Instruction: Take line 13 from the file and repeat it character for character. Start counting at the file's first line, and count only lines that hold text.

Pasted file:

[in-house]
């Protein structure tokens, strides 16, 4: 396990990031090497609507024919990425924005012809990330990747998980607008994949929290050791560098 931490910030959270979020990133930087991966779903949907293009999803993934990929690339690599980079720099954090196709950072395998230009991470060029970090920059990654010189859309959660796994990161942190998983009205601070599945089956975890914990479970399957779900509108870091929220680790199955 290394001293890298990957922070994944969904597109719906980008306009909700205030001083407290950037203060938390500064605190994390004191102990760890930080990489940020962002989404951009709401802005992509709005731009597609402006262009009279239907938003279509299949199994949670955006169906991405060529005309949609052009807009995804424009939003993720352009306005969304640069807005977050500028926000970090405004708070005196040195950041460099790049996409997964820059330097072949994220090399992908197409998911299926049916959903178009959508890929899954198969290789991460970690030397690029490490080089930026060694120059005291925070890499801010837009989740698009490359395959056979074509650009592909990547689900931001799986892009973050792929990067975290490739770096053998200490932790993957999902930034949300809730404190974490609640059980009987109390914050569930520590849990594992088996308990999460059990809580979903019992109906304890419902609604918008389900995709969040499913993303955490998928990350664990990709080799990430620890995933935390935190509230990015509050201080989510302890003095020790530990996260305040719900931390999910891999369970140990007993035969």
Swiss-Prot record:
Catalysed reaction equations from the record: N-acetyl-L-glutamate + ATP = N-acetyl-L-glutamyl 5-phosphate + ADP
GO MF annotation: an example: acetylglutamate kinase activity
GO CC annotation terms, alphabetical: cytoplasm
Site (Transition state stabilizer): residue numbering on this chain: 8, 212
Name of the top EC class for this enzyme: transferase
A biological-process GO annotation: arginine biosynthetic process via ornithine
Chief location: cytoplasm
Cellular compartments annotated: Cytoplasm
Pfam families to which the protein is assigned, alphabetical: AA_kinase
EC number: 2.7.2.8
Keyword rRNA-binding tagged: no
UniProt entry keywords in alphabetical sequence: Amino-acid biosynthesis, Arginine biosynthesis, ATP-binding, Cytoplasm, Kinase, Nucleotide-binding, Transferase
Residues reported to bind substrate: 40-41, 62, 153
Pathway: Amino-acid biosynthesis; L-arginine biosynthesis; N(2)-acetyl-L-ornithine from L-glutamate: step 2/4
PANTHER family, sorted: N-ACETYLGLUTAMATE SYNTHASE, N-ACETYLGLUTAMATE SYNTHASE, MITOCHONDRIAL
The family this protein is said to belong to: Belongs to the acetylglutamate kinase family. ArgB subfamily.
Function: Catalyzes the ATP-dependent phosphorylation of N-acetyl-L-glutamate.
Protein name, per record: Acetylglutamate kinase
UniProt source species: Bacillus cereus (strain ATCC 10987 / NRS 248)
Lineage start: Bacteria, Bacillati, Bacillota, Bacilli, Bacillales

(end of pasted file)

EC number: 2.7.2.8